Pither pleased by PremiAir Racing promise
Monday 7th March, 2022 - 8:26am
PremiAir Racing leaves Round 1 at Sydney Motorsport Park rooted to the bottom of the Supercars teams’ championship, but not without cause for optimism.
Thrown together in less than two months, the brand new team entered the season-opener somewhat undercooked after its pre-season test day at Queensland Raceway was washed out.
Having got through its maiden race with drivers Garry Jacobson 18th and Chris Pither 23rd, emotions ran high yesterday after capitalising on a wet weather qualifying session.
Pither defied the odds to secure 13th on the grid for Race 2 while Jacobson nabbed 17th (although was later forced to start from pit lane). Pither’s lap was the best part of a second quicker than what two-time champion Shane van Gisbergen managed.
The 300km race didn’t exactly go to plan, the #22 Coca-Cola Commodore sliding to 20th and off the lead lap while Jacobson stopped on-track.
Pither though noted steps forward day-on-day which bode well.
“I feel much better hoping out of the car today than I did yesterday with ergonomics of the car,” he said after Race 2.
“My hip and leg felt better and didn’t go numb so that was nice.
“I think our race pace today was much better although we didn’t convert the result we wanted, there were some positive signs on track.
“Made up a few places on Lap 1 which was good. Then unfortunately the rain didn’t come when we predicted it was going to, so we just didn’t have the right tyre at the right time due to tricky weather conditions.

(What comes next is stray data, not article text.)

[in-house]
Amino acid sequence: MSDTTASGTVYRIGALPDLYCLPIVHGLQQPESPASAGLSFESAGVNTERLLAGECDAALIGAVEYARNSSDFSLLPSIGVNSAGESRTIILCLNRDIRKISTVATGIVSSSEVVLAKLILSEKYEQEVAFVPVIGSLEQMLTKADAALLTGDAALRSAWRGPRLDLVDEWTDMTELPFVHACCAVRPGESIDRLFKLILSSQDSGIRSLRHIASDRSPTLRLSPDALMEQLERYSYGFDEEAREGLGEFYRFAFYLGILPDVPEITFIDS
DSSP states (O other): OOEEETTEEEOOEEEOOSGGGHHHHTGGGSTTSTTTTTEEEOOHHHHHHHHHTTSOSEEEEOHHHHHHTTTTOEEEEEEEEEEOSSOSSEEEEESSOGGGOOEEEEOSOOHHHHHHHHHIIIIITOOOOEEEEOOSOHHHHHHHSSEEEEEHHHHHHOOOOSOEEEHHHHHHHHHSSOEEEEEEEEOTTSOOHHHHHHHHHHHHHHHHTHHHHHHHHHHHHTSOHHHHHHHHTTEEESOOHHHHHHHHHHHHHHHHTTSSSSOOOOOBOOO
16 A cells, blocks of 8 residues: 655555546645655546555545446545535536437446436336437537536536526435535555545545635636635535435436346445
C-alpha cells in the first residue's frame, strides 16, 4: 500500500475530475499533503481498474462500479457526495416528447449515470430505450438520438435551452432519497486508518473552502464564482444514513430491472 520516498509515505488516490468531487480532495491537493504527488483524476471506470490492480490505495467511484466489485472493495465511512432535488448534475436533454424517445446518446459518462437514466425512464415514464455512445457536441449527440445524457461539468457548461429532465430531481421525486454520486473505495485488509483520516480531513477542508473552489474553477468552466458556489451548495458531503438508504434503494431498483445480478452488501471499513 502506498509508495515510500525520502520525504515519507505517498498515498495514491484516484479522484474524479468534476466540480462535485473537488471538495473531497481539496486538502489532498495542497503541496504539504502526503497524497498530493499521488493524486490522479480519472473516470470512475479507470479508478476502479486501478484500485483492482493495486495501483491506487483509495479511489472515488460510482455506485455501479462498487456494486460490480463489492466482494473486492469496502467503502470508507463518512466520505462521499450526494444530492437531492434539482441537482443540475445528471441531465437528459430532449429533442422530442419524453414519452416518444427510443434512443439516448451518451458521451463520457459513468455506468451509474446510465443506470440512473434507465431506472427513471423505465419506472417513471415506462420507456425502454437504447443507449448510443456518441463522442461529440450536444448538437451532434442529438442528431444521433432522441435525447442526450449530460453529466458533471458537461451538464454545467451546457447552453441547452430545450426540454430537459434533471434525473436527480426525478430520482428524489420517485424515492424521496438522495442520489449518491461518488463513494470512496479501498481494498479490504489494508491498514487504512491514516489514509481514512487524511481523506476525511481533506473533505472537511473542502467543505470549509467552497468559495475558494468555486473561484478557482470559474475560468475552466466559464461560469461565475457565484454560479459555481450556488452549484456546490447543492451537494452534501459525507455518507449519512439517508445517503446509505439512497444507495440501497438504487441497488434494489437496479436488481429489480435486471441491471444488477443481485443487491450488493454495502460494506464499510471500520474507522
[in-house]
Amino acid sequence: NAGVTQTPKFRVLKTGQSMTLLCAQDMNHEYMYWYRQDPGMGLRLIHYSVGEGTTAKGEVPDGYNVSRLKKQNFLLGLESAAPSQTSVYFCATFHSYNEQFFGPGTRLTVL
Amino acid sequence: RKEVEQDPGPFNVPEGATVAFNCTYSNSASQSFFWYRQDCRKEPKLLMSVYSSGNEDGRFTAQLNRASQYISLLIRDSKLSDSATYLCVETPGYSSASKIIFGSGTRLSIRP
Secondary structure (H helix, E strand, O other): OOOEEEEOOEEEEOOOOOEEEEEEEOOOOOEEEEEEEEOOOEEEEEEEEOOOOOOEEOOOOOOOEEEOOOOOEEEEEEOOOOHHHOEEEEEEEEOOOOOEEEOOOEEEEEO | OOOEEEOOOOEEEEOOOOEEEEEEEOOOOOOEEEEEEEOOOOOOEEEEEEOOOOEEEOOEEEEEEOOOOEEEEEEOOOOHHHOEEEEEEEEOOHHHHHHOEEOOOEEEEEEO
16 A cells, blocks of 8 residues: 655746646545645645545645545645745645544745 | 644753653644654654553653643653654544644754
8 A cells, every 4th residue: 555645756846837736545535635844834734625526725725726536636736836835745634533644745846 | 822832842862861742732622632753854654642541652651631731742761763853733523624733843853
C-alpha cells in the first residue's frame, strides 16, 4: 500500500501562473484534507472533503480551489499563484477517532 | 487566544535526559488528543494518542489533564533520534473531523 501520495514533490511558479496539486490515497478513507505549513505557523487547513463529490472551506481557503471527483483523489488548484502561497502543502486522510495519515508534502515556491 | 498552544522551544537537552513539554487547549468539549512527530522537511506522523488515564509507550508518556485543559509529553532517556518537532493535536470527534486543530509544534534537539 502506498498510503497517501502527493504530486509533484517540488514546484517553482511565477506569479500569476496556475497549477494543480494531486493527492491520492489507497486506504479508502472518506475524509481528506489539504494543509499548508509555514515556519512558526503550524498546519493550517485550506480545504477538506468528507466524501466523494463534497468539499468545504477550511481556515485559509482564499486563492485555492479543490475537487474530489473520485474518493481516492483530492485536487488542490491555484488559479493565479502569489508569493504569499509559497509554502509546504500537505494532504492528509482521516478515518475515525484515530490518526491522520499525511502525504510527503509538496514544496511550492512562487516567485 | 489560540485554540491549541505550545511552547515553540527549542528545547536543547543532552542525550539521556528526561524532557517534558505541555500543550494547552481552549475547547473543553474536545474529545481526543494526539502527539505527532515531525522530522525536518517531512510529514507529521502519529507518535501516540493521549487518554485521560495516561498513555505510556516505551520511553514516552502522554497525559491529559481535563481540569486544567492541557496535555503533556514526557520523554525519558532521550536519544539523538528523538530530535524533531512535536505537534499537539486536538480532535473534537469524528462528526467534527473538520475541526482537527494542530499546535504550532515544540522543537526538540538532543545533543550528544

“Ultimately, there was a lot of good things to take out of today, even though I was a little out of sync we had much better competitive pace, and I could run with a few of the guys that were running at the front.
“Happy with the gains we made today, and we just need to continue making big gains each round.”
An oil pressure warning was behind Jacobson’s abrupt end, with the 2016 Super2 Series winner hoping teething issues can be weeded out before Round 2 at Tasmania later this month.
“It probably just wasn’t our day as we had a cool suit failure, some power steering issues and an alarm that came on alerting me of no oil pressure so the natural response to that is to turn the engine off, so we don’t have to sacrifice an engine so early in the season,” he said.
“It’s still a little inconclusive of what the actual cause was for that issue, so we’ll check through our system and the car.”
Ken Douglas, who was race engineer for Pither on the weekend, is understood to have now agreed to stay on for the next two rounds (Symmons Plains and Albert Park).
Jacobson has a full-year engineer in Tim Newton.